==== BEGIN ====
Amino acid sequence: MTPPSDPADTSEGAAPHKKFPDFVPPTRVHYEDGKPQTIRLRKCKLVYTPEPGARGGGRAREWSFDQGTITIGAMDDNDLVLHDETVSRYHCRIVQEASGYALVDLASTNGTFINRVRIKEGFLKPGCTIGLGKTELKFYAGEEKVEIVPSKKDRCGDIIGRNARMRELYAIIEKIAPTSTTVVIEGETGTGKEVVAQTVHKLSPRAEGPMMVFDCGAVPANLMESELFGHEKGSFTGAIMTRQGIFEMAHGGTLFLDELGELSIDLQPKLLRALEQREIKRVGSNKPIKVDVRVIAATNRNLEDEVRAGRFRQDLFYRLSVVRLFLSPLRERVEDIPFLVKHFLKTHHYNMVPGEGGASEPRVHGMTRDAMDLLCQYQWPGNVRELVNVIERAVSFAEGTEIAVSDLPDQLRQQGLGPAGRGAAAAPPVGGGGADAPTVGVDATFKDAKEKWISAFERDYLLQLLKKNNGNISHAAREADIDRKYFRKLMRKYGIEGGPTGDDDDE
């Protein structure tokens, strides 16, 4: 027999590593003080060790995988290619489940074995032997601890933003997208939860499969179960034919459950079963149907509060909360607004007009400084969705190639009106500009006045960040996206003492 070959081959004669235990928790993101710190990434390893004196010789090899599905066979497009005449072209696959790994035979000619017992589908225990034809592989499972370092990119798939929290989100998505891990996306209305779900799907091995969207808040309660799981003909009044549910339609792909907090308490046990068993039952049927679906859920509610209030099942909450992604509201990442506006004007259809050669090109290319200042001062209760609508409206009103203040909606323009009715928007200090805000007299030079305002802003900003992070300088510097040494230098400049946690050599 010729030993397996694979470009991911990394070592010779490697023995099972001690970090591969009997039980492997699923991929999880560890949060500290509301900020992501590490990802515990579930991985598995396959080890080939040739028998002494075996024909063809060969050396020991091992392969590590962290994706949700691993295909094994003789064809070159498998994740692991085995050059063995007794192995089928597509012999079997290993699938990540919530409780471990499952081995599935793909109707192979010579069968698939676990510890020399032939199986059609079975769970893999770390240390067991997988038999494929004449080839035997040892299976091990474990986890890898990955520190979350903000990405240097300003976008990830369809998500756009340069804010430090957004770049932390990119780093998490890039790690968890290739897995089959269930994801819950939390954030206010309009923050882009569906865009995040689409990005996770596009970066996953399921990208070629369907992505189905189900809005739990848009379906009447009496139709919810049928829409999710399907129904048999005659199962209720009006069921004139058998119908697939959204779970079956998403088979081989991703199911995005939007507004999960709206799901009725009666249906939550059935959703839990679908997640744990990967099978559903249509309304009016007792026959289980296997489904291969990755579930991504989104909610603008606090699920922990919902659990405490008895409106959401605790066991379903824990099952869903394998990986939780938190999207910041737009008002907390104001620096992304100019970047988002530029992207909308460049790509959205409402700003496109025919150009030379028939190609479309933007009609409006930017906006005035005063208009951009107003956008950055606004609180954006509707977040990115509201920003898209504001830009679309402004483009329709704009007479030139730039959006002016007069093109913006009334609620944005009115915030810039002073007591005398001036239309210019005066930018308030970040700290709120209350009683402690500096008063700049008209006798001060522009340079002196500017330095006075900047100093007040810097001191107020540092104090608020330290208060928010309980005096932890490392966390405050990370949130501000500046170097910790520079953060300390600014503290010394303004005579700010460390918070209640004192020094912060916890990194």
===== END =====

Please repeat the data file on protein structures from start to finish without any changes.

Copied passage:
Amino acid sequence: MTPPSDPADTSEGAAPHKKFPDFVPPTRVHYEDGKPQTIRLRKCKLVYTPEPGARGGGRAREWSFDQGTITIGAMDDNDLVLHDETVSRYHCRIVQEASGYALVDLASTNGTFINRVRIKEGFLKPGCTIGLGKTELKFYAGEEKVEIVPSKKDRCGDIIGRNARMRELYAIIEKIAPTSTTVVIEGETGTGKEVVAQTVHKLSPRAEGPMMVFDCGAVPANLMESELFGHEKGSFTGAIMTRQGIFEMAHGGTLFLDELGELSIDLQPKLLRALEQREIKRVGSNKPIKVDVRVIAATNRNLEDEVRAGRFRQDLFYRLSVVRLFLSPLRERVEDIPFLVKHFLKTHHYNMVPGEGGASEPRVHGMTRDAMDLLCQYQWPGNVRELVNVIERAVSFAEGTEIAVSDLPDQLRQQGLGPAGRGAAAAPPVGGGGADAPTVGVDATFKDAKEKWISAFERDYLLQLLKKNNGNISHAAREADIDRKYFRKLMRKYGIEGGPTGDDDDE
């Protein structure tokens, strides 16, 4: 027999590593003080060790995988290619489940074995032997601890933003997208939860499969179960034919459950079963149907509060909360607004007009400084969705190639009106500009006045960040996206003492 070959081959004669235990928790993101710190990434390893004196010789090899599905066979497009005449072209696959790994035979000619017992589908225990034809592989499972370092990119798939929290989100998505891990996306209305779900799907091995969207808040309660799981003909009044549910339609792909907090308490046990068993039952049927679906859920509610209030099942909450992604509201990442506006004007259809050669090109290319200042001062209760609508409206009103203040909606323009009715928007200090805000007299030079305002802003900003992070300088510097040494230098400049946690050599 010729030993397996694979470009991911990394070592010779490697023995099972001690970090591969009997039980492997699923991929999880560890949060500290509301900020992501590490990802515990579930991985598995396959080890080939040739028998002494075996024909063809060969050396020991091992392969590590962290994706949700691993295909094994003789064809070159498998994740692991085995050059063995007794192995089928597509012999079997290993699938990540919530409780471990499952081995599935793909109707192979010579069968698939676990510890020399032939199986059609079975769970893999770390240390067991997988038999494929004449080839035997040892299976091990474990986890890898990955520190979350903000990405240097300003976008990830369809998500756009340069804010430090957004770049932390990119780093998490890039790690968890290739897995089959269930994801819950939390954030206010309009923050882009569906865009995040689409990005996770596009970066996953399921990208070629369907992505189905189900809005739990848009379906009447009496139709919810049928829409999710399907129904048999005659199962209720009006069921004139058998119908697939959204779970079956998403088979081989991703199911995005939007507004999960709206799901009725009666249906939550059935959703839990679908997640744990990967099978559903249509309304009016007792026959289980296997489904291969990755579930991504989104909610603008606090699920922990919902659990405490008895409106959401605790066991379903824990099952869903394998990986939780938190999207910041737009008002907390104001620096992304100019970047988002530029992207909308460049790509959205409402700003496109025919150009030379028939190609479309933007009609409006930017906006005035005063208009951009107003956008950055606004609180954006509707977040990115509201920003898209504001830009679309402004483009329709704009007479030139730039959006002016007069093109913006009334609620944005009115915030810039002073007591005398001036239309210019005066930018308030970040700290709120209350009683402690500096008063700049008209006798001060522009340079002196500017330095006075900047100093007040810097001191107020540092104090608020330290208060928010309980005096932890490392966390405050990370949130501000500046170097910790520079953060300390600014503290010394303004005579700010460390918070209640004192020094912060916890990194």